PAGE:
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Shabbat Parashat Lech Lecha 5778

Ask the Rabbi: Unintentional and Innocuous Deceit

Rav Daniel Mann

Question: I ordered something and had it delivered to my in-laws’ house. I forgot to mention it to them, so when it arrived, they assumed it was a gift for them and thanked me. Is it permissible to "play along" and pretend it was intended for them?

 

Answer: One forbidden form of geneivat da’at (deceiving someone) is when one sells a defective item, even when the buyer does not lose money from it (Chulin 94a). However, the same gemara includes several cases where Reuven makes Shimon think he is intending to give him something, when in fact he did not have that intention. One case is when Reuven urges Shimon to eat with him when he knows Shimon will not eat. Another is when he brings to his friend a utensil in a way that looks like he is bringing something of value, but he is not. Furthermore, the gemara forbids opening before a guest a barrel of wine most of which was already earmarked for sale. (Because the wine of newly open barrels tastes better than those open for a while, opening a new barrel looks like a big gesture to the guest.) Rather, says the gemara, you have to inform them that you would have had to open the barrel soon anyway.

Therefore, at first glance, it is problem to make your in-laws believe you gave a present. However, for one or more reasons, you are not required to tell them. First, we look at the reasoning behind the prohibition of this type of geneivat da’at. Rashi explains that the deceiver causes the recipient to feel that he owes him more reciprocally than he does. Had the recipient of the favor/gesture realized the situation, he would not be as generous in return. Thus, if there is no reason to expect any change in reciprocity due to the act, it is likely permitted to present a more positive picture than exists, and parents (in-law) usually give their children unrelated to little gifts their kids give them. (We do not usually make such distinctions regarding prohibitions, but a prohibition whose action is fine and the whole problem is situational is likely different.)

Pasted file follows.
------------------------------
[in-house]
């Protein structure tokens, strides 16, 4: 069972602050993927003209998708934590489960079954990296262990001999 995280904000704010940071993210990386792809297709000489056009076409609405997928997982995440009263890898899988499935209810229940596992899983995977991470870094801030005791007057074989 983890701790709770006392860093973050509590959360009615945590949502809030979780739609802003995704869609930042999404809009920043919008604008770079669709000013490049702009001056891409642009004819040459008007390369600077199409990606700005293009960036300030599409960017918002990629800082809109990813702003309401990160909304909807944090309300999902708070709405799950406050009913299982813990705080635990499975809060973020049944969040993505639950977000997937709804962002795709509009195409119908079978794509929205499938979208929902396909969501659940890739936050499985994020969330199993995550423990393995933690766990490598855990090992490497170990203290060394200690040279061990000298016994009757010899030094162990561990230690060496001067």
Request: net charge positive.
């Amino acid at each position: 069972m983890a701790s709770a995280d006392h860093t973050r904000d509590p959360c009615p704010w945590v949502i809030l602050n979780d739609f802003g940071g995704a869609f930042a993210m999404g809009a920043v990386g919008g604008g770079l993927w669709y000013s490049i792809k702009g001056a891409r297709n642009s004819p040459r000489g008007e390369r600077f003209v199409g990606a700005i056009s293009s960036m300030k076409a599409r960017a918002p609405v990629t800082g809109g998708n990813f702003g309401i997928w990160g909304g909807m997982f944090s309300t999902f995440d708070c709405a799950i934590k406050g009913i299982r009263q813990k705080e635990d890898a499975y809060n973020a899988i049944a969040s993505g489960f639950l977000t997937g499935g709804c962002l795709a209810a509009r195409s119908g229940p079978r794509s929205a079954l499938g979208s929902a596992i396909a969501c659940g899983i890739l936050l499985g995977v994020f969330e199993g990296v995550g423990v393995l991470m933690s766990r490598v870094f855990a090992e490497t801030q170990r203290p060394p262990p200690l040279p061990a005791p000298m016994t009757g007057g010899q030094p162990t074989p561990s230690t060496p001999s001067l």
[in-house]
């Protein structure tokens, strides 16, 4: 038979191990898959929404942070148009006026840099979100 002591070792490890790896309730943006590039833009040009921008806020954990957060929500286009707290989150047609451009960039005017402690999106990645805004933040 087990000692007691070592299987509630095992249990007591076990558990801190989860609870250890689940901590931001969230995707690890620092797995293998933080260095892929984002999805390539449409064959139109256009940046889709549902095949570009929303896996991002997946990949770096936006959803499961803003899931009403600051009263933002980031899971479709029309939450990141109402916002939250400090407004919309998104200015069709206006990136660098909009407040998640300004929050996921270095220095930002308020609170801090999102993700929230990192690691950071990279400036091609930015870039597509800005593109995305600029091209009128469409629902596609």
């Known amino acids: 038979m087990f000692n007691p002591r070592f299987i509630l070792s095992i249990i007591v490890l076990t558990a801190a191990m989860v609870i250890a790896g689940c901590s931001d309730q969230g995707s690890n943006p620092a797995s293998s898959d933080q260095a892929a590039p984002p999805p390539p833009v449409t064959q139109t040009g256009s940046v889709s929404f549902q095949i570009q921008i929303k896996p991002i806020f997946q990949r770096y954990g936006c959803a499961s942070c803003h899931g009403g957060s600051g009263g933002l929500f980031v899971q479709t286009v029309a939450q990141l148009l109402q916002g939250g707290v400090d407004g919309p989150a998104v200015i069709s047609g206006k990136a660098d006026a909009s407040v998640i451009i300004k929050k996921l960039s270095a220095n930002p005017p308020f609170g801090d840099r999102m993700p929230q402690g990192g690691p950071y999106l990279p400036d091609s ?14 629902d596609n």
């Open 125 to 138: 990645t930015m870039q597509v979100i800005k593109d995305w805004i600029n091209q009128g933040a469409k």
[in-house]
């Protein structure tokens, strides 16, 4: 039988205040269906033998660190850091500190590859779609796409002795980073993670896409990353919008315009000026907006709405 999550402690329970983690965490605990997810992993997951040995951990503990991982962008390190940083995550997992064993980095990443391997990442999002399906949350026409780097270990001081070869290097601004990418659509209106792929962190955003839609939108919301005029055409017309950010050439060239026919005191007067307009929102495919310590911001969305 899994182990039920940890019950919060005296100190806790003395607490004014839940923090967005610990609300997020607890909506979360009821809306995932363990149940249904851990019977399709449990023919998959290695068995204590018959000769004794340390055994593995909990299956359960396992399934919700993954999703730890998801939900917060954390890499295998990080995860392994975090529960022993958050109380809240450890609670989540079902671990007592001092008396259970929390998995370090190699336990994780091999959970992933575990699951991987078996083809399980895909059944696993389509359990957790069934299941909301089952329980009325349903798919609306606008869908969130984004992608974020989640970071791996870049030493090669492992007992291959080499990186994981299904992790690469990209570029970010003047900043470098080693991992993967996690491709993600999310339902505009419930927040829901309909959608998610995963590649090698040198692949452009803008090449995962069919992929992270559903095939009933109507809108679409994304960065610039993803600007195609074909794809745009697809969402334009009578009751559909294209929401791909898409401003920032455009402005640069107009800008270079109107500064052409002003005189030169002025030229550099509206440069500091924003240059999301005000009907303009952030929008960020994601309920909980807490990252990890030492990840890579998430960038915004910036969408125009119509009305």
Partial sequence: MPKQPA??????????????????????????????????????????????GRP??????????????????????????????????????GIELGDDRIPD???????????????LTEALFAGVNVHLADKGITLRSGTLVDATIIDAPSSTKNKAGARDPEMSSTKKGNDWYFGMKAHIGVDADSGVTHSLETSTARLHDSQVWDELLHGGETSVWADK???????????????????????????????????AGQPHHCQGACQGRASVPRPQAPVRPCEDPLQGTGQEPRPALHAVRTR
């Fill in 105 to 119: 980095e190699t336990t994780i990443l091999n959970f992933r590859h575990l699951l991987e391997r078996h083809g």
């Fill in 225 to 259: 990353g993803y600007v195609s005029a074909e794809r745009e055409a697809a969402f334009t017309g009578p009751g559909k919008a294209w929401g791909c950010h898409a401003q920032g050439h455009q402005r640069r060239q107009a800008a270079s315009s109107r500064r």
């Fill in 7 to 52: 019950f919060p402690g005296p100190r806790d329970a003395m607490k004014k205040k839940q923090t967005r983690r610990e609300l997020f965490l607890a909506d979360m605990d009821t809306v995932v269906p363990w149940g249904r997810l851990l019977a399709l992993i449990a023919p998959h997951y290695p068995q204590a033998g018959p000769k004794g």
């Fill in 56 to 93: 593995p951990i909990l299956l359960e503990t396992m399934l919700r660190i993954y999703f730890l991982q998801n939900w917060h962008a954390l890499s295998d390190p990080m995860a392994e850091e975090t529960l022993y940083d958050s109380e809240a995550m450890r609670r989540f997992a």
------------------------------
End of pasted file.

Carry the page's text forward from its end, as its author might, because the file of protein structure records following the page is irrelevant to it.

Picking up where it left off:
The following story (gemara, ibid. b) is very instructive. Two rabbis happened to be traveling in the opposite direction of a third rabbi. When they met, the third rabbi expressed his appreciation that they came to greet him. One of the two nicely corrected his mistake to avoid deceiving the third. The second one told the first he was mistaken in disappointing the third and that deception was not a problem because he had “deceived himself.” The Shulchan Aruch (Choshen Mishpat 228:6) rules like the second rabbi, that if the “recipient” should have realized that he actually did not receive a favor, the “giver” does not have to correct him. We can learn a stringency and perhaps also a leniency from this ruling. One might need to correct a misimpression even if he did not purposely do anything to create it if it turns out that he created the error. The leniency is that if he “should not” have jumped to the erroneous conclusion, the “giver” does not have to correct it. You would know better than we can how this idea applies to your case.

Another leniency is that it is permitted to give the wrong impression if the motivation of the “deception” is not to win favor but for the honor of the recipient (gemara and Shulchan Aruch ibid). In this case, it might be embarrassing to tell your in-laws that they made a mistake, although one could argue that it is not embarrassing, as it was your mistake not to tell them the item was coming for you.

Another difference is that, by letting them keep the item, you are, in truth, actually giving them a present. It turns out that they do have reason to be grateful. When one gives an actual present, whose degree is understood correctly (as opposed to the case of opening the wine), we do not find an obligation to divulge all the circumstances under which you gave it. For example, if you gave a nice present, you are not required to say the idea came from your sister-in-law. So too, you do not have to admit the idea of the present came from your in-laws’ mistake.

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